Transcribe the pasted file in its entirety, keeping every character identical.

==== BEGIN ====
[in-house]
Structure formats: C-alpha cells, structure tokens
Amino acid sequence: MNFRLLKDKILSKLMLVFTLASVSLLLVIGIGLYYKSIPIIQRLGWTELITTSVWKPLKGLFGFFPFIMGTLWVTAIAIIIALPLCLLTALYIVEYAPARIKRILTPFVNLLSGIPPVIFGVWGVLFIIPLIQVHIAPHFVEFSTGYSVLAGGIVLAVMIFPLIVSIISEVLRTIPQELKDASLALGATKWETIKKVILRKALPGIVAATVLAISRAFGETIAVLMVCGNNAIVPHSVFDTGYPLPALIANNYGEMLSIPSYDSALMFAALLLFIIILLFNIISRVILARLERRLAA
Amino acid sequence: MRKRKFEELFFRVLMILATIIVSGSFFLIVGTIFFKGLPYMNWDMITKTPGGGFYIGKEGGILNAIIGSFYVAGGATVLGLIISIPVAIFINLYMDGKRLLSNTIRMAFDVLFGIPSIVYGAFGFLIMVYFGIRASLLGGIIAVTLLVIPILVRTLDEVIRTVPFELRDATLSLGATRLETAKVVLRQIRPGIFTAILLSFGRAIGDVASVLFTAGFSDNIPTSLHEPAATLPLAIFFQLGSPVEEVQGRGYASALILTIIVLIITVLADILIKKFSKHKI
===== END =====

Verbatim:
[in-house]
Structure formats: C-alpha cells, structure tokens
Amino acid sequence: MNFRLLKDKILSKLMLVFTLASVSLLLVIGIGLYYKSIPIIQRLGWTELITTSVWKPLKGLFGFFPFIMGTLWVTAIAIIIALPLCLLTALYIVEYAPARIKRILTPFVNLLSGIPPVIFGVWGVLFIIPLIQVHIAPHFVEFSTGYSVLAGGIVLAVMIFPLIVSIISEVLRTIPQELKDASLALGATKWETIKKVILRKALPGIVAATVLAISRAFGETIAVLMVCGNNAIVPHSVFDTGYPLPALIANNYGEMLSIPSYDSALMFAALLLFIIILLFNIISRVILARLERRLAA
Amino acid sequence: MRKRKFEELFFRVLMILATIIVSGSFFLIVGTIFFKGLPYMNWDMITKTPGGGFYIGKEGGILNAIIGSFYVAGGATVLGLIISIPVAIFINLYMDGKRLLSNTIRMAFDVLFGIPSIVYGAFGFLIMVYFGIRASLLGGIIAVTLLVIPILVRTLDEVIRTVPFELRDATLSLGATRLETAKVVLRQIRPGIFTAILLSFGRAIGDVASVLFTAGFSDNIPTSLHEPAATLPLAIFFQLGSPVEEVQGRGYASALILTIIVLIITVLADILIKKFSKHKI